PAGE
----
RFQPro template #24 is a 13 page sample request for quote for Telecommunications. When issuing a RFQ of this nature it is going to be much more technical than the average proposal you would issue. In fact, it is all about the specifications so having a third party expert to consult or provide the technical component should be strongly considered. After meeting with all the parties in your organization they would be able to provide a solution which will meet with all the departments and overall companies needs. Keeping this in mind, this template will provide you with a strong sense of what is needed to issue a quotation for a new telecommunications system.

It provides details on Evaluation Criteria, Bid Instructions, RFQ Addenda details, Warranty verbiage, General Terms and Conditions as well as many other standard terms you would typically use.

For the Technical component there is a sample specification which covers installation, system specifications, system requirements, physical characteristics, cabling, VoIP, performance specifications, basic phone features, call processing, warranty and maintenance so much can be gleaned by using this template to help you kick start the process.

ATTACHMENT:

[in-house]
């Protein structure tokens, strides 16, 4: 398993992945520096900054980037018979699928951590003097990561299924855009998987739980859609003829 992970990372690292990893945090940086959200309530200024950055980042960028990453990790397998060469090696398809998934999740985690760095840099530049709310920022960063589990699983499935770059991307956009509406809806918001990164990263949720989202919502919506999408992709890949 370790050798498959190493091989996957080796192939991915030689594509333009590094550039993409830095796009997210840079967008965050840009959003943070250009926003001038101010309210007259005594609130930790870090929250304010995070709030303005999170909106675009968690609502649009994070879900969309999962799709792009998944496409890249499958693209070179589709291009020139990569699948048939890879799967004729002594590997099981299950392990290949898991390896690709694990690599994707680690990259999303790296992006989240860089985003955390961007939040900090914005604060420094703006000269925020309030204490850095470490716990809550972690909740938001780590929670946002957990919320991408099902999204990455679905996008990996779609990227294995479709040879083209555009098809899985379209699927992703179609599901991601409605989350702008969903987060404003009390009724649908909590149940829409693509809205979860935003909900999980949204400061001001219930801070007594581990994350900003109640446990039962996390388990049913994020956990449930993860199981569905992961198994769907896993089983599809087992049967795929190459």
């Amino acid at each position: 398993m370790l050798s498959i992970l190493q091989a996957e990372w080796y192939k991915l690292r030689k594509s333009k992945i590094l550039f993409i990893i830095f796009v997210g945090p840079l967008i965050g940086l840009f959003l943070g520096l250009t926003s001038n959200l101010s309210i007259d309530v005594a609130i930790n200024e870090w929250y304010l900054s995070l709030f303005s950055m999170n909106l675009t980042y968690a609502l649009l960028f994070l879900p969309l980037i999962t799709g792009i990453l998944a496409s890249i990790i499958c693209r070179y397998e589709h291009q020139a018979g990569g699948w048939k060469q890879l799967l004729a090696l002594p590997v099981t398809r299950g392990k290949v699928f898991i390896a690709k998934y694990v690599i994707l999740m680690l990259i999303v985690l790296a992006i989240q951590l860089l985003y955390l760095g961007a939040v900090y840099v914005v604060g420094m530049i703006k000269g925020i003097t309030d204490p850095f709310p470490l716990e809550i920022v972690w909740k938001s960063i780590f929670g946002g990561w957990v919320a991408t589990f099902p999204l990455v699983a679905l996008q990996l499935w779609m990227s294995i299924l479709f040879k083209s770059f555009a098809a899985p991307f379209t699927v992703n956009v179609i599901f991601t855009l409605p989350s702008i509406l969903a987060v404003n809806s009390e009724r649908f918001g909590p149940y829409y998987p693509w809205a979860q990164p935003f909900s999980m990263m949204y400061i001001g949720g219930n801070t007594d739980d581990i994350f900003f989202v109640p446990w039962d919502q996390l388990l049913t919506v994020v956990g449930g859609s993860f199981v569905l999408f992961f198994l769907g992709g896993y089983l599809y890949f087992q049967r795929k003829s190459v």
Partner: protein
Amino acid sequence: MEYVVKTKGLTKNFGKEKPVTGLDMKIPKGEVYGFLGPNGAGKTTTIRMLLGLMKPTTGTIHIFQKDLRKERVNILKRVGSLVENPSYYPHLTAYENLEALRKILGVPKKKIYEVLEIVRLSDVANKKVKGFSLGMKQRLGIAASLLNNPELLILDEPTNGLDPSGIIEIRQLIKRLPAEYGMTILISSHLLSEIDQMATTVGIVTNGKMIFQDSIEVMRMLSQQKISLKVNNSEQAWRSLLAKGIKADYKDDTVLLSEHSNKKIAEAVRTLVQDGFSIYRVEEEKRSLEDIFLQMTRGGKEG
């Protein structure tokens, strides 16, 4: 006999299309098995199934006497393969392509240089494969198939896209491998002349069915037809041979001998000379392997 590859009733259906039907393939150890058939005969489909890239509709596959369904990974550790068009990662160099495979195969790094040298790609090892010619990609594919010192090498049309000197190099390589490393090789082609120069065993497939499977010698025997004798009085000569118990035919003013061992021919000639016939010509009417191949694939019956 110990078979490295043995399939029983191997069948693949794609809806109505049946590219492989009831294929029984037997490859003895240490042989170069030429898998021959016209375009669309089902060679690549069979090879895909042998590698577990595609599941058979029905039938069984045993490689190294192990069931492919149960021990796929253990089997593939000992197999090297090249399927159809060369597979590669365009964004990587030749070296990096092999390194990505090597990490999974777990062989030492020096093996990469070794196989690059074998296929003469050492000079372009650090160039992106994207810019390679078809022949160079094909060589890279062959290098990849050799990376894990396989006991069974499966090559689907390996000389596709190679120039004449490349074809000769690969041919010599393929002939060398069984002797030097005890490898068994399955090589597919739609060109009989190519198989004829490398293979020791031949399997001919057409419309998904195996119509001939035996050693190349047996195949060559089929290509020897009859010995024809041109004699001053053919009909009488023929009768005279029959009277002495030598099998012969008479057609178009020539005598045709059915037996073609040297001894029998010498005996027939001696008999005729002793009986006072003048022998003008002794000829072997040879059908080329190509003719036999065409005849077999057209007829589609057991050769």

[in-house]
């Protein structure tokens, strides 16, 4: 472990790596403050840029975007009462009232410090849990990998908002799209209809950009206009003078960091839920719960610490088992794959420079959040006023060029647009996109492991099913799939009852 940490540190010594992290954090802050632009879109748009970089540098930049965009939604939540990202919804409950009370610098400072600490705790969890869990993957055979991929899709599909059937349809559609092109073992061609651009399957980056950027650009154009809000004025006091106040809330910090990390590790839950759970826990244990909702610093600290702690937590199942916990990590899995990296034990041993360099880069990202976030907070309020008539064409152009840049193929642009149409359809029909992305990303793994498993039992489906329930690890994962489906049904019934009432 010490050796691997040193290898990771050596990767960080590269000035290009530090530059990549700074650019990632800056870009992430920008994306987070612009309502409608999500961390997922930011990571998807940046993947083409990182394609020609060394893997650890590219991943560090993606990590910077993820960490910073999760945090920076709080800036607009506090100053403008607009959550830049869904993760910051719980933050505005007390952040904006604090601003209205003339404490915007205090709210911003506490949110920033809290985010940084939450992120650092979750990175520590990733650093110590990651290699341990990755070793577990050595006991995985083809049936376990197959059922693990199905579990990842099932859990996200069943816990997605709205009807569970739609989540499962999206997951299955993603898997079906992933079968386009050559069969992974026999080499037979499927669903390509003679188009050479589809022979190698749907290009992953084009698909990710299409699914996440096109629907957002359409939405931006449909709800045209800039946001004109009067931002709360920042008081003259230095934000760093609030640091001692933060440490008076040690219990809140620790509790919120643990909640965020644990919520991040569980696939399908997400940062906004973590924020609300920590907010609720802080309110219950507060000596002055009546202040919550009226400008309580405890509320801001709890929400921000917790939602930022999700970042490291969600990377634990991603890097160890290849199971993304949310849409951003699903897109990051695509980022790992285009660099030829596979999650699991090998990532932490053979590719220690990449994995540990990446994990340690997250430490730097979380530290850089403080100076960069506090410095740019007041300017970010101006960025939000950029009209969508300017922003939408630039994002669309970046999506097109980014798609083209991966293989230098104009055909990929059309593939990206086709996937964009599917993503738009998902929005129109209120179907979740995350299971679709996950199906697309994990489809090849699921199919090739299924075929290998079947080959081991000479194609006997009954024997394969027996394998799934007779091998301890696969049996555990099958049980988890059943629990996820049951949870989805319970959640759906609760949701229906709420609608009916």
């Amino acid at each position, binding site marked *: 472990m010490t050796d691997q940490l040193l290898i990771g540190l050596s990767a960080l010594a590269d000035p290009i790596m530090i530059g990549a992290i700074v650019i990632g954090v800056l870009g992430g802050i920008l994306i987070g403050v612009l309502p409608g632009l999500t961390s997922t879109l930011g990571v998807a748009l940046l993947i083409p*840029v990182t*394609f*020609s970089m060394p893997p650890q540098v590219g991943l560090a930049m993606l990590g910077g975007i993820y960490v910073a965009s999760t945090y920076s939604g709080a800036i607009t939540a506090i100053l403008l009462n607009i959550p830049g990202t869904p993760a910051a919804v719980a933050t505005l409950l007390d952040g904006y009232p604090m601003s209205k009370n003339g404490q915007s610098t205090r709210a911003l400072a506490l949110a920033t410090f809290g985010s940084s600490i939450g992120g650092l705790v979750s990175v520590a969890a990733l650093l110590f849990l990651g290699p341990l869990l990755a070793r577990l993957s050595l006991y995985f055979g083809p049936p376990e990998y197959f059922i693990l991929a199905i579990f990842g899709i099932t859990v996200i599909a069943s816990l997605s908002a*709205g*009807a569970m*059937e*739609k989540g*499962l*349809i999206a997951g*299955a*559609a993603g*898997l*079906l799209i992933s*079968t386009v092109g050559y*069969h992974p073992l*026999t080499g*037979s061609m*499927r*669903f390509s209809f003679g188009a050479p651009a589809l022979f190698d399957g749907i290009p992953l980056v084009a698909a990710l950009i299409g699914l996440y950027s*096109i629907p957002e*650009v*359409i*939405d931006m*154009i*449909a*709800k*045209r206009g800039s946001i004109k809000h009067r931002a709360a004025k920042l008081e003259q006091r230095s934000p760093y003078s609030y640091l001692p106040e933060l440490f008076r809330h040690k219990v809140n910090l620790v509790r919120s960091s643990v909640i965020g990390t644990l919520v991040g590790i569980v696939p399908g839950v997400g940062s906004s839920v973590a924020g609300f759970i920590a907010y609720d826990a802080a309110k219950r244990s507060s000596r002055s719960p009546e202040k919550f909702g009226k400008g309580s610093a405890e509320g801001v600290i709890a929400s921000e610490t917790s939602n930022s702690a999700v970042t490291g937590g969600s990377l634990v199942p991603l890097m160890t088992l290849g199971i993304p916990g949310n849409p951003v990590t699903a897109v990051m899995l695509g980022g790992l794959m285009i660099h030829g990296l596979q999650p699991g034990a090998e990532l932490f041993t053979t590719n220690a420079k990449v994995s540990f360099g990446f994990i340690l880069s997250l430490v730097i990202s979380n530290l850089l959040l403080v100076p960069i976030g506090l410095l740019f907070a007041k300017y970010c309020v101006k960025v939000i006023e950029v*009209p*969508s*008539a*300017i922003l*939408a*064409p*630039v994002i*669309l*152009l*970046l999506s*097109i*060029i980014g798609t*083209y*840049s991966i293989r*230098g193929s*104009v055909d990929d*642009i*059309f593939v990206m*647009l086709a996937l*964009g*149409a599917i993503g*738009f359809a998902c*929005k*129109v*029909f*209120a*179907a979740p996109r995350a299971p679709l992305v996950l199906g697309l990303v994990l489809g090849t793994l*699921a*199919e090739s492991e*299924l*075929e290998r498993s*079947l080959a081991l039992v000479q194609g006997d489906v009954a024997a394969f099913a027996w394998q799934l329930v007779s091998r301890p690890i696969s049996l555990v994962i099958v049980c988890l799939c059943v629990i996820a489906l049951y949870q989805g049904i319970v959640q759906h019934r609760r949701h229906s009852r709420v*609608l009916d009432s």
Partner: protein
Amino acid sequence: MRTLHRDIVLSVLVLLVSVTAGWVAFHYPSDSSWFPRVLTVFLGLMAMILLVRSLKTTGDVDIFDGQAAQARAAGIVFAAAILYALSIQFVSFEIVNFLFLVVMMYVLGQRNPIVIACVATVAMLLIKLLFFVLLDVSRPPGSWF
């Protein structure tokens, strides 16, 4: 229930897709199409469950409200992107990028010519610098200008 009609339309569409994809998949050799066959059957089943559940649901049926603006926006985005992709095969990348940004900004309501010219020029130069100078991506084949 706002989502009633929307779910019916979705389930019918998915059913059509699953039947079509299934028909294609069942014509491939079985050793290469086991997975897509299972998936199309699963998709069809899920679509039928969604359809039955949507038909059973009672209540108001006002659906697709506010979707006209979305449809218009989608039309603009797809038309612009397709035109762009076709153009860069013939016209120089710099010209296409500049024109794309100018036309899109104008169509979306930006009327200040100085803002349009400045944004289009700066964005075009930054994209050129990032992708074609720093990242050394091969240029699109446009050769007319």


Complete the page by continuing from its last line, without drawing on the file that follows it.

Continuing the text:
Not all organizations would have in-house expertise available to assist in crafting a RFQ of this nature so stick to your strengths and ask for direction where needed.

Let RFQPro.com help – this RFQ Sample for Telecommunications is included in our Premium Pack (90 plus templates) and in the Mega Pack.

Evolution of the RFQ

Evolution of the RFQ:

Acronyms are becoming a part of everyday purchasing lingo. Here are just a few we are becoming accustomed to: TCO, RFQ, RFI, RFP, LOU, LOI, ABC, SPC. It does seem like every year there is a new term being introduced into the purchasing arena. For the experienced purchasing agent, the most familiar of the above terms would be the RFQ and it is a document which has evolved and become more complex over the years.

Well TCO is Total Cost of Ownership, SPC is Statistical Process Control and it is used in manufacturing, ABC relates to classification of your inventory and RFQ is a Request for Quote.   The good old RFQ which all of us COP’s – Crusty Old Purchasers understand very well as it was the only document utilized in early purchasing. A request for quote has been around the longest and in the old days everything went out or was issued as a request for quotation or quote. It was sometimes called an invitation to quote or invitation to tender and these both are part of the RFQ family.

Then came the RFP which is a request for proposal. This is where the vendor [Read more…]